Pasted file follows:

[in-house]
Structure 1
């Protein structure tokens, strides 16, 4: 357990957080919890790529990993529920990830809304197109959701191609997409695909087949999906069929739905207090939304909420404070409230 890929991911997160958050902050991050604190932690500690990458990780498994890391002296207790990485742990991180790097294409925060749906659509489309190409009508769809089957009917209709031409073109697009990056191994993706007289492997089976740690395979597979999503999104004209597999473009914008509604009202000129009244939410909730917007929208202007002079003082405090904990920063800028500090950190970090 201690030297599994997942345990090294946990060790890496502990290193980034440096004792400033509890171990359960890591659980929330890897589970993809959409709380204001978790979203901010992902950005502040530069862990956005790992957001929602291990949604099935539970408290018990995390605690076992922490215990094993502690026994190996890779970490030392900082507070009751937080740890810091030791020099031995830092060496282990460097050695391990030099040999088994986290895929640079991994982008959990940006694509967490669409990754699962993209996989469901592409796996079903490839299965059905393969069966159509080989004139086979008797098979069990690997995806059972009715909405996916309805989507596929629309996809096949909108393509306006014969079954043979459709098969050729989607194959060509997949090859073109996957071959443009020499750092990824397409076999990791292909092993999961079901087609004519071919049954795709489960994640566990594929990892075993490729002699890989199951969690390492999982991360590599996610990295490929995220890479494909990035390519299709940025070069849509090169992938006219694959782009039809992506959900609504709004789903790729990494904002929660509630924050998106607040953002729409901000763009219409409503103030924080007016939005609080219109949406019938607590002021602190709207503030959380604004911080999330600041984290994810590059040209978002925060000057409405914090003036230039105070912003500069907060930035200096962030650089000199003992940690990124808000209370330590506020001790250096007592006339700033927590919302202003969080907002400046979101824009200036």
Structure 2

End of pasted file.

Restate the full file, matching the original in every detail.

[in-house]
Structure 1
């Protein structure tokens, strides 16, 4: 357990957080919890790529990993529920990830809304197109959701191609997409695909087949999906069929739905207090939304909420404070409230 890929991911997160958050902050991050604190932690500690990458990780498994890391002296207790990485742990991180790097294409925060749906659509489309190409009508769809089957009917209709031409073109697009990056191994993706007289492997089976740690395979597979999503999104004209597999473009914008509604009202000129009244939410909730917007929208202007002079003082405090904990920063800028500090950190970090 201690030297599994997942345990090294946990060790890496502990290193980034440096004792400033509890171990359960890591659980929330890897589970993809959409709380204001978790979203901010992902950005502040530069862990956005790992957001929602291990949604099935539970408290018990995390605690076992922490215990094993502690026994190996890779970490030392900082507070009751937080740890810091030791020099031995830092060496282990460097050695391990030099040999088994986290895929640079991994982008959990940006694509967490669409990754699962993209996989469901592409796996079903490839299965059905393969069966159509080989004139086979008797098979069990690997995806059972009715909405996916309805989507596929629309996809096949909108393509306006014969079954043979459709098969050729989607194959060509997949090859073109996957071959443009020499750092990824397409076999990791292909092993999961079901087609004519071919049954795709489960994640566990594929990892075993490729002699890989199951969690390492999982991360590599996610990295490929995220890479494909990035390519299709940025070069849509090169992938006219694959782009039809992506959900609504709004789903790729990494904002929660509630924050998106607040953002729409901000763009219409409503103030924080007016939005609080219109949406019938607590002021602190709207503030959380604004911080999330600041984290994810590059040209978002925060000057409405914090003036230039105070912003500069907060930035200096962030650089000199003992940690990124808000209370330590506020001790250096007592006339700033927590919302202003969080907002400046979101824009200036």
Structure 2